Losing the faith
Monday September 8, 2003
The west is creating an extremely dangerous economic, environmental and humanitarian timebomb. We are living beyond our means. The poorest countries need to trade on fair terms with us if they are ever to get off their knees. Handouts are no longer the answer.
When the WTO started out, poor countries were spun the line that they could gain access to western markets if they signed up to a pro-business agenda - even though that agenda was potentially at the cost of their already suffering populations.
The west has not fulfilled its part in those agreements. It has reneged on its agreement to cut subsidies to its own farmers, and rules on intellectual property rights mean drugs are too expensive and 30,000 people die every day as a direct consequence. When developing countries export to the west they have to pay tariffs four times that between western countries themselves, costing £63bn per year.
Western governments, as they increasingly lose their grip on the reality of the situation, see the key to fixing these problems (that they have helped to create) to be... more liberalisation.
This, to me, feels like a bus full of religious lunatics rolling into town singing free trade songs and banging tambourines as war and famine break out and all about them turns to shit. It's nonsense. Why should the most desperate continue to cooperate with such fools when they increasingly have nothing left to lose? They are not seeing the so-called benefits but they are seeing too much of the costs.
This sort of free trade capitalism is a faith. A faith against all the odds. Nowadays it seems to have taken on the authority of the word of God, as if it has always been thus. But all it is really is a set of trade rules that should and could benefit all, and could be changed. Why should it be a corrupt protection racket?
There must be a change to trade rules in favour of the poor and the environment. International human rights must be respected. There must be corporate accountability so that multinationals are taken to task over corruption, human rights and environment abuses.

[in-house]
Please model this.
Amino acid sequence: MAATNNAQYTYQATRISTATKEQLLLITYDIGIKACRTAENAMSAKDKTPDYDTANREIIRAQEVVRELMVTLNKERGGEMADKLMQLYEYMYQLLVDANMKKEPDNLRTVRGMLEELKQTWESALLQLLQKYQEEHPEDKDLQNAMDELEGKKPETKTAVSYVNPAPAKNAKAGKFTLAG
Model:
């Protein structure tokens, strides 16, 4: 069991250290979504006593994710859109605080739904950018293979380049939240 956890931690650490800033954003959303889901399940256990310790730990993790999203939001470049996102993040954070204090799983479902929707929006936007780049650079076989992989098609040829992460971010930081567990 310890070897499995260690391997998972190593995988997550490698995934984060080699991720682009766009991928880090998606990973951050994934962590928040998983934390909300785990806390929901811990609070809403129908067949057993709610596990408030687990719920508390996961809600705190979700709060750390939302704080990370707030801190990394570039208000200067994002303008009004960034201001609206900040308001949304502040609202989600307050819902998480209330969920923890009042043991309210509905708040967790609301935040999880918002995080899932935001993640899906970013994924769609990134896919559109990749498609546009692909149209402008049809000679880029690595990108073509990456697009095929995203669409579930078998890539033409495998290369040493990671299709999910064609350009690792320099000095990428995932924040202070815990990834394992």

What the developing countries need is to be able to protect the livelihoods of their own farmers and allow their industries to develop.
Increasingly the effects of such globalisation make it clear the only ones benefiting are the multinational corporations, who have the ear of our governments and are having their free trade cake and eating it. They make sure any rules affecting their "freedoms" are first on the agenda at the WTO.
Poor countries are told this is free trade - this is the way we succeeded, this is how we built our great capitalist system.
The amnesia and hypocrisy is breathtaking.
Even the World Bank now admits that a nation's economy needs protection for it to grow in its early stages of development, just as it did in the UK, US and Asia. The constant mantra of the "trickle-down" effect of wealth creation is comical. It's so last week, dahling.
What the poorest countries need are specific policies that improve their situation in their terms.
When I got involved in Jubilee 2000, and tried to persuade governments, the IMF and the World Bank to cancel the unpayable debts it seemed like a reasonably fair thing to ask.
The situation was so utterly ridiculous I didn't believe they would deny us. But they did.
They found every excuse they could, but the only reason that I could find was that the west cannot shake its need to control the rest of the planet in any way it can. They cannot shake off this colonial attitude. In order to keep order they have to have fingers permanently wrapped around throats.
Debt burdens are a beautifully tight noose, and now, even better, they have the WTO to do the dirty work for them.
Poor countries at the WTO have been too scared to speak out, for fear of making their situation worse, and they are outnumbered. Sometimes countries cannot afford to send even one representative to the WTO meetings. Yet the EU can send 500. Much of the agenda is still decided by the rich nations in closed meetings. The WTO, thus far, has been hijacked.
But I think this is the turning point. This is a crossroads in the global economic system. Do we carry on preaching this free unfettered trade garbage or do we admit our mistakes and try to do the right thing for once?
The Trade Justice Movement states that if Africa, east Asia, south Asia and Latin America could increase their share of world exports by 1% it would lift 128 million people out of poverty. Just how difficult is that?
· Thom Yorke (lead singer of Radiohead), on my small soapbox in a hotel bathroom in Washington DC.